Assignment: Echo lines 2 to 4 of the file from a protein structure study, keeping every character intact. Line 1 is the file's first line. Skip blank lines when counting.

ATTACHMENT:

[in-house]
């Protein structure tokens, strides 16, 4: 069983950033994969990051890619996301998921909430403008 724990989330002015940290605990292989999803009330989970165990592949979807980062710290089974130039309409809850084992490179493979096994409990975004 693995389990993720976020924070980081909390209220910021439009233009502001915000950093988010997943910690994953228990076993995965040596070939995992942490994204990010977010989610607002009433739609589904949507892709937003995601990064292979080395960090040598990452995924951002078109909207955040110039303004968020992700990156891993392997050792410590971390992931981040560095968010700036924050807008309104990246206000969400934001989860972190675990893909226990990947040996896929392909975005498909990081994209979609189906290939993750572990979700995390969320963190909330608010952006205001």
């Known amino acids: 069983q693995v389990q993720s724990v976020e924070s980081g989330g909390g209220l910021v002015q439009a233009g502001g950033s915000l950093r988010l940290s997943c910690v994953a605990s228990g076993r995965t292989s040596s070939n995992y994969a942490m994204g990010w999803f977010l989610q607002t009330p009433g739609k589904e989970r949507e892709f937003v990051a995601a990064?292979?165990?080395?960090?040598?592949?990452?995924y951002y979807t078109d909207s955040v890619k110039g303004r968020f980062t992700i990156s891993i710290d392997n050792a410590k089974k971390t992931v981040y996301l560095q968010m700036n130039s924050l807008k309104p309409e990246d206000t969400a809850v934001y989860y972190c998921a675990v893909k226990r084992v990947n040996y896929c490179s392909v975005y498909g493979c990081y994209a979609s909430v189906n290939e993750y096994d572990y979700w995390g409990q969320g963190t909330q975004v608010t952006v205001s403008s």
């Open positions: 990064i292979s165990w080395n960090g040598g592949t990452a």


């Protein structure tokens, strides 16, 4: 069983950033994969990051890619996301998921909430403008 724990989330002015940290605990292989999803009330989970165990592949979807980062710290089974130039309409809850084992490179493979096994409990975004 693995389990993720976020924070980081909390209220910021439009233009502001915000950093988010997943910690994953228990076993995965040596070939995992942490994204990010977010989610607002009433739609589904949507892709937003995601990064292979080395960090040598990452995924951002078109909207955040110039303004968020992700990156891993392997050792410590971390992931981040560095968010700036924050807008309104990246206000969400934001989860972190675990893909226990990947040996896929392909975005498909990081994209979609189906290939993750572990979700995390969320963190909330608010952006205001």
């Known amino acids: 069983q693995v389990q993720s724990v976020e924070s980081g989330g909390g209220l910021v002015q439009a233009g502001g950033s915000l950093r988010l940290s997943c910690v994953a605990s228990g076993r995965t292989s040596s070939n995992y994969a942490m994204g990010w999803f977010l989610q607002t009330p009433g739609k589904e989970r949507e892709f937003v990051a995601a990064?292979?165990?080395?960090?040598?592949?990452?995924y951002y979807t078109d909207s955040v890619k110039g303004r968020f980062t992700i990156s891993i710290d392997n050792a410590k089974k971390t992931v981040y996301l560095q968010m700036n130039s924050l807008k309104p309409e990246d206000t969400a809850v934001y989860y972190c998921a675990v893909k226990r084992v990947n040996y896929c490179s392909v975005y498909g493979c990081y994209a979609s909430v189906n290939e993750y096994d572990y979700w995390g409990q969320g963190t909330q975004v608010t952006v205001s403008s």
């Open positions: 990064i292979s165990w080395n960090g040598g592949t990452a």